5 things to know for this week: Conversion therapy row heats up and horror in Ukraine
LGBT+ rights are once again on the chopping block and the war continues to rage in Ukraine.
To kick off the week, here are five stories you need to know about right now.
1. The controversy surrounding the UK’s conversion therapy ban is likely to escalate
There was a rush of anger from activists and LGBT+ allies on Thursday (31 March) when ITV News reported that the government was planning to scrap its much-discussed conversion therapy ban altogether.
In the face of mounting backlash, Boris Johnson did a sudden U-turn – according to ITV‘s Paul Brand, he will push ahead with a conversion therapy ban, but the practice will remain legal for trans people.
The LGBT+ community united in condemnation on Friday (1 April) as the news broke. Downing Street has not yet confirmed that it will permit trans conversion therapy, but it looks like the row will escalate this week.
Some major developments expected today in the row over conversion therapy. There has been lobbying both behind the scenes and in public over the weekend and I'm hearing it's about to reach a head with some big public announcements from LGBT organisations. Worth watching today.
— Paul Brand (@PaulBrandITV) April 4, 2022
Writing on Twitter on Monday morning (4 April), Paul Brand said: “Some major developments expected today in the row over conversion therapy. There has been lobbying both behind the scenes and in public over the weekend and I’m hearing it’s about to reach a head with some big public announcements from LGBT organisations. Worth watching today.”
2. Russian forces accused of ‘genocide’ in Ukraine
In one of the darkest chapters since the Russian war on Ukraine began, mass graves were discovered near Kyiv over the weekend, with Ukrainian officials saying almost 300 bodies had been buried in them.
AFP saw at least 20 bodies on a single street and confirmed that they were wearing civilian clothing.
Ukrainian president Volodymyr Zelensky said Russia was committing “genocide” while foreign minister Dmytro Kuleba said it was a “deliberate massacre”.
Sadly, the war in Ukraine shows no signs of abating anytime soon. More than four million people have fled the country since Russia invaded, while 20,000 have been killed, according to Ukrainian officials.
3. ‘Don’t Say Gay’ battle
Queer people across the world watched in horror as Florida’s “Don’t Say Gay” bill was signed into law by governor Ron DeSantis on Monday 28 March. One week on, the outlook is looking even worse for America’s LGBT+ community.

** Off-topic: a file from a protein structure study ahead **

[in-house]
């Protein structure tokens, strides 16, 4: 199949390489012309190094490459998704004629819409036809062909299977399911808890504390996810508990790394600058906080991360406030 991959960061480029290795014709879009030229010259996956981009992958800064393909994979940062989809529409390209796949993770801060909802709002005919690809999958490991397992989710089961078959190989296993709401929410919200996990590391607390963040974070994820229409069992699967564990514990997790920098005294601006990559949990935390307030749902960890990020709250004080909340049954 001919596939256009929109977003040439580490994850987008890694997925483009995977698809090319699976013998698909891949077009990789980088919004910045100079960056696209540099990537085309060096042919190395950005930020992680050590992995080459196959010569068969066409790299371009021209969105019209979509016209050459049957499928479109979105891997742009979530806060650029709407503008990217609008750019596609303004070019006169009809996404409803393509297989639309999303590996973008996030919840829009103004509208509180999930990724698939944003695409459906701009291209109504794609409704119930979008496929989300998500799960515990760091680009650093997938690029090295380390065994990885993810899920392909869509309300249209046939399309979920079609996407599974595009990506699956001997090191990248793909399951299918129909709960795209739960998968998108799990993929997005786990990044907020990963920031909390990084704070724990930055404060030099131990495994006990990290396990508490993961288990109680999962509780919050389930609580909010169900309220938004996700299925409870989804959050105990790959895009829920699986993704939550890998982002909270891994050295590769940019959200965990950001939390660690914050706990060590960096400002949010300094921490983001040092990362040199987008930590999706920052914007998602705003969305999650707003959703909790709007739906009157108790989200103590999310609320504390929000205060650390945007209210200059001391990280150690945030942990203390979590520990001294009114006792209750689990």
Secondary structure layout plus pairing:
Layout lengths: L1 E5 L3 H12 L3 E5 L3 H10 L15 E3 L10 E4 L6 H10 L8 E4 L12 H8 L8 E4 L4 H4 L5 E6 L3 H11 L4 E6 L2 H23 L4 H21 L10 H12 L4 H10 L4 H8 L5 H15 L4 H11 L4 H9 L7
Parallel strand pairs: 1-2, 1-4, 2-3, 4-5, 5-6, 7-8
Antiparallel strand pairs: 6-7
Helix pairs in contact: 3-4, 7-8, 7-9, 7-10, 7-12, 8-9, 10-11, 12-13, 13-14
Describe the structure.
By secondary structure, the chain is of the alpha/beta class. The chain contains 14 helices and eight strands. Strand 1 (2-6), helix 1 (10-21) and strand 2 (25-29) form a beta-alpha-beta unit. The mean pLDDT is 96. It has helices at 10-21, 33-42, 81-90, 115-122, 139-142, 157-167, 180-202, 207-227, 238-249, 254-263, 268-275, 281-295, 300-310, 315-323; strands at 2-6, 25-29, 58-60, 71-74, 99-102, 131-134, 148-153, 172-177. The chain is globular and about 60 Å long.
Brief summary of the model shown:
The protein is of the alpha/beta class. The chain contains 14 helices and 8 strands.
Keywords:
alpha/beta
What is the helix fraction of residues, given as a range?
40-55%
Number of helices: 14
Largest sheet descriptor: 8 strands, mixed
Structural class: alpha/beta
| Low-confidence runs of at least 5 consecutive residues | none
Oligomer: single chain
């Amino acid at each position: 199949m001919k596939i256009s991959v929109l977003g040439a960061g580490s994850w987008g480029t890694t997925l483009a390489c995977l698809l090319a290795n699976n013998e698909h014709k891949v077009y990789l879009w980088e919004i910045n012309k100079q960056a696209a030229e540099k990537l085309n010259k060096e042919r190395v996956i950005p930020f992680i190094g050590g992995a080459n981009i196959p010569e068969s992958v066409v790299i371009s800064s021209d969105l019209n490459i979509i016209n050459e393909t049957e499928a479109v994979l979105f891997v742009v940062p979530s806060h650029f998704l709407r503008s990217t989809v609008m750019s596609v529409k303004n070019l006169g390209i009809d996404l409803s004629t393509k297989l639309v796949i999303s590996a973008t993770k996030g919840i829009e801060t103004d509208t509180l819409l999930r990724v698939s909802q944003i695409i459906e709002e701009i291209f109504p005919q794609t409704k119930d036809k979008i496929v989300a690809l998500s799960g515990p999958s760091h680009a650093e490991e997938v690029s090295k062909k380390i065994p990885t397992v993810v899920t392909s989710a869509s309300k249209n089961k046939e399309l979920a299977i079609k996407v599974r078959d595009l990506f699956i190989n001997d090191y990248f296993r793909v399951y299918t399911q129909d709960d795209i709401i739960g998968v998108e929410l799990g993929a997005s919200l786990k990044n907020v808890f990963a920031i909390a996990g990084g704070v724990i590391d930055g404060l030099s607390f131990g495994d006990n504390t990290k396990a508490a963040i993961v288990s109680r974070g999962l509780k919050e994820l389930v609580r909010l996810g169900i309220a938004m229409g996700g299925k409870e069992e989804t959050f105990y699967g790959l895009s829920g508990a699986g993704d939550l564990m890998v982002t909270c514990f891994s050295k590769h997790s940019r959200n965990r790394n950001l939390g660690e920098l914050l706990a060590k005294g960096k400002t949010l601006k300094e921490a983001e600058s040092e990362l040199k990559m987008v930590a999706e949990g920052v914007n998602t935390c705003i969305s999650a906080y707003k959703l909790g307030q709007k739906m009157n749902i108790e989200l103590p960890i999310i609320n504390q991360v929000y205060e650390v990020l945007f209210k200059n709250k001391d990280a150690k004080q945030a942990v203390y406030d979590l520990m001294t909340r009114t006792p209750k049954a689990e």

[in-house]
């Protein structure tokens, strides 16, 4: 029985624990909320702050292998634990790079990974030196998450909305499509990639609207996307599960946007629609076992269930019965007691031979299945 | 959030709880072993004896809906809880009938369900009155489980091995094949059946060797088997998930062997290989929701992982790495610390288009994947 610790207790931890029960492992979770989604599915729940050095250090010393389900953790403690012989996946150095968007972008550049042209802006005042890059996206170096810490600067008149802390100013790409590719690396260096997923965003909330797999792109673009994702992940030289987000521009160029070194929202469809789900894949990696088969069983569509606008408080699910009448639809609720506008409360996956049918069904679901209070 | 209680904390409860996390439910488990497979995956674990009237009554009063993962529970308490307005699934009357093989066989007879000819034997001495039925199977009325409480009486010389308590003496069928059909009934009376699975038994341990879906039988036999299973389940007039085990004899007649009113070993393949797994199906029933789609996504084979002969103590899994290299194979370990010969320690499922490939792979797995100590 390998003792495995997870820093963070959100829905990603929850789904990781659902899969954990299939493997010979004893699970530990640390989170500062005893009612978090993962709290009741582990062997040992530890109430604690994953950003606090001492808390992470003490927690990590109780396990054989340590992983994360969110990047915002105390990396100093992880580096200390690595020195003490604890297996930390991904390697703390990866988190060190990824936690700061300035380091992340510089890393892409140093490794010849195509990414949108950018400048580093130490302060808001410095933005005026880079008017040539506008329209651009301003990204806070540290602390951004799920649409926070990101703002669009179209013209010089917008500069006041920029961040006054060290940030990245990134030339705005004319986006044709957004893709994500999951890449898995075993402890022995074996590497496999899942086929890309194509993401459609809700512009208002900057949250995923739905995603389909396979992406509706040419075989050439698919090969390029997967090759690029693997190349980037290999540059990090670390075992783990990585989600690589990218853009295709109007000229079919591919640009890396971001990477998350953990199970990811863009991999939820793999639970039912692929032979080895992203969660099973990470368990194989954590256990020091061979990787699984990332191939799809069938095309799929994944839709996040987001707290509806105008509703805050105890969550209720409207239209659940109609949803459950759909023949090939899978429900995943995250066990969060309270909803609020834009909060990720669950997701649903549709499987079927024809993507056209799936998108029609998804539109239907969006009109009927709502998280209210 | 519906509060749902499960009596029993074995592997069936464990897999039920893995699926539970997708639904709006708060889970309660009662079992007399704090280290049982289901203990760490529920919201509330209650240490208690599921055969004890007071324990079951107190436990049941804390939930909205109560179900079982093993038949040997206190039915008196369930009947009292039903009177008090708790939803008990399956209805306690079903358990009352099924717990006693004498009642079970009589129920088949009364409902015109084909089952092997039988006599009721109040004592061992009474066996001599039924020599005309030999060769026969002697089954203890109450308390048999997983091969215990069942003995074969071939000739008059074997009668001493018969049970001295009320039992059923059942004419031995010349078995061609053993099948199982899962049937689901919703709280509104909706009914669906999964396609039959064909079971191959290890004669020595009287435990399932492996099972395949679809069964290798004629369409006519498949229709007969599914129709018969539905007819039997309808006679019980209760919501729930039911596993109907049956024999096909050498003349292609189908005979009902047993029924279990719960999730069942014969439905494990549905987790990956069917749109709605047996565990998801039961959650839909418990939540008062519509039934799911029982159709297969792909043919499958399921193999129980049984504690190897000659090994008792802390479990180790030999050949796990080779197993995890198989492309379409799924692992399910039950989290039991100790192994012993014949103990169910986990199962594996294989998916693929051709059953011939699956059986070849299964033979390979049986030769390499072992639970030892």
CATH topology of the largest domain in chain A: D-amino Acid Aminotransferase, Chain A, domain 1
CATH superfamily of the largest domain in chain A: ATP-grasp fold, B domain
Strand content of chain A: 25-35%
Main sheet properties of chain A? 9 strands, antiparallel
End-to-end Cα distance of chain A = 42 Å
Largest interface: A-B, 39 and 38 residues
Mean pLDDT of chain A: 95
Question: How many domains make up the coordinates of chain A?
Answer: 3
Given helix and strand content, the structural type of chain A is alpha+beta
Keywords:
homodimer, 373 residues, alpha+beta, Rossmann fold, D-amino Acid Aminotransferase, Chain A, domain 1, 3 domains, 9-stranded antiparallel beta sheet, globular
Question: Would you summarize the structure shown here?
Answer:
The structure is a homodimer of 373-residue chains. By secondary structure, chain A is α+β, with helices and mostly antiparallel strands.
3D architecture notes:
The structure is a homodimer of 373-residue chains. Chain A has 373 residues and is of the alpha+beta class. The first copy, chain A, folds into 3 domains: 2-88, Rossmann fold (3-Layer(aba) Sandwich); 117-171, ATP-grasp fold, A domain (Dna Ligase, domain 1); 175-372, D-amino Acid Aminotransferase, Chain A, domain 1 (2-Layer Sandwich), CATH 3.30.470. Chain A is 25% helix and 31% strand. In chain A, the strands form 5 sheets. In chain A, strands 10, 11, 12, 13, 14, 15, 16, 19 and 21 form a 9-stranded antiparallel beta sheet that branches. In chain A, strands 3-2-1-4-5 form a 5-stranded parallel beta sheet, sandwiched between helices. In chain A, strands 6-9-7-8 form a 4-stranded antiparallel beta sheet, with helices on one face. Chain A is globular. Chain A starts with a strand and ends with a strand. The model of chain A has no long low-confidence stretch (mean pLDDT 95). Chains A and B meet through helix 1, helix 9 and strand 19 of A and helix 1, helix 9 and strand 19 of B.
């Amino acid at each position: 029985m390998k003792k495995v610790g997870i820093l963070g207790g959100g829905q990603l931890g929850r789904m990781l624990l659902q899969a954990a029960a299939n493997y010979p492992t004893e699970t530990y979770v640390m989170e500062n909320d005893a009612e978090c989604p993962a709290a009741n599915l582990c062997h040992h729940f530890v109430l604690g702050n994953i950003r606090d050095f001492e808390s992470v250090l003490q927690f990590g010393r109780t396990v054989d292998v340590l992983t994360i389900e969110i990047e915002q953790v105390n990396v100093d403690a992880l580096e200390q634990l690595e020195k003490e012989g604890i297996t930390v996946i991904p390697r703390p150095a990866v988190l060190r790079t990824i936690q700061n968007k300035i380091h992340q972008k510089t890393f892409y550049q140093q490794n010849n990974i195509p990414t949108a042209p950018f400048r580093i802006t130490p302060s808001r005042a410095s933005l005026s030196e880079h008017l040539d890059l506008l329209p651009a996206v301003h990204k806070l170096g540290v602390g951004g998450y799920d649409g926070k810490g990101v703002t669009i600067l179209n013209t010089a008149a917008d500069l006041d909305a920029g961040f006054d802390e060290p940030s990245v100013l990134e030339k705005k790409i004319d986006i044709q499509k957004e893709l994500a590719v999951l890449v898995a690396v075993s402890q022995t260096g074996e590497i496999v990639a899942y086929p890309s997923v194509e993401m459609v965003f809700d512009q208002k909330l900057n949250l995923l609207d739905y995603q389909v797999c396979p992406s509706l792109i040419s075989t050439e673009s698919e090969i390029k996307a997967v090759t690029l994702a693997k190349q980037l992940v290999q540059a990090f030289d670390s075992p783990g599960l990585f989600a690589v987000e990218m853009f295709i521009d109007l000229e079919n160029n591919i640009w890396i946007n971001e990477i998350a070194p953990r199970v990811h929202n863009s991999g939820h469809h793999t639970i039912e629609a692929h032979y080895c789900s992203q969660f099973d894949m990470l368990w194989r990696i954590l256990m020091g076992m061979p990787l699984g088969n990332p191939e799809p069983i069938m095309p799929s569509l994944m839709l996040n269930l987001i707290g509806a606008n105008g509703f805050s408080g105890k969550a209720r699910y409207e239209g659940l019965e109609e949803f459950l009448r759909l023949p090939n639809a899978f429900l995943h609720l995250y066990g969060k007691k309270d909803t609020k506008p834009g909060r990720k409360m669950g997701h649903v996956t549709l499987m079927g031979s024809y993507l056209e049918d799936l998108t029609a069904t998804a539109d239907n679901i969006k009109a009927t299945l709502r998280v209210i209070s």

The “Don’t Say Gay” bill, which bans the discussion of LGBT+ topics in classrooms from kindergarten to third grade, is currently being challenged in the courts by LGBT+ students and families in Florida, alongside local LGBT+ rights groups.
Sadly, the challenge could already be doomed to failure. US District Judge Allen Winsor, who fought to make sure same-sex marriage remained illegal in Florida, will preside over the case.
Meanwhile, Georgia congresswoman Marjorie Taylor Greene said she wanted to introduce a federal version of the “Don’t Say Gay” bill, indicating that attacks on the LGBT+ community aren’t likely to stop any time soon.
4. Crushing defeat for Hungary’s LGBT+ community as Viktor Orbán wins re-election
There was some hope among Hungary’s LGBT+ community ahead of Sunday’s elections (3 April) that prime minister Viktor Orbán’s campaign of hate would be consigned to the past.
Sadly, it wasn’t to be. Orbán’s Fidesz party secured a two-thirds majority in parliament and Orbán has won a fourth consecutive term.
Orban’s win is very concerning, but the invalidation of his anti-LGBT ref shows that many in #Hungary are accepting &reject further stigmatisation of #LGBTI people. We work to grow social acceptance &ensure that everyone, incl #EU, holds strong on protection of fundamental rights
— ILGA-Europe (@ILGAEurope) April 4, 2022
The result is heartbreaking for Hungary’s LGBT+ community. In June 2021 Orbán’s government banned discussion of LGBT+ people in schools and in the media.
Speaking to PinkNews ahead of the election, Zita Hrubi, organiser with Budapest Pride, said: “We fear that maybe more and more of these type of laws can come.
“I fear that the situation will get worse and worse if Orbán wins again.”
5. The Grammys are likely to continue dominating headlines for the wrong reasons
The Grammys, which went ahead on Sunday night (3 April) in Las Vegas, gave us plenty of meme-able moments, from Lady Gaga to Lil Nas X – but one moment in particular is standing out for all the wrong reasons.
Louis CK, the disgraced comedian who admitted to exposing himself and masturbating in front of women without their consent, won Best Comedy Album at the awards.
His victory has led to intense discussion on social media, with many pointing out that “cancel culture” clearly doesn’t really exist. If it did, Louis CK wouldn’t be winning awards at the Grammys.
Countless comedians and cultural figures shared their disappointment at the news on social media, including Feel Good star Mae Martin.
“Can’t think of a joke about this, because it’s not funny to me at the moment,” Martin wrote on Twitter. “I’m sorry to the young comics he assaulted, who lost so much and have to see this headline today/everyone who’s had a similar experience because of a spineless response from our community to assault.”
Can’t think of a joke about this, because it’s not funny to me at the moment 🤪. I’m sorry to the young comics he assaulted, who lost so much & have to see this headline today/everyone who’s had a similar experience because of a spineless response from our community to assault. https://t.co/ZtGLrNhqWm
— Mae Martin (@TheMaeMartin) April 4, 2022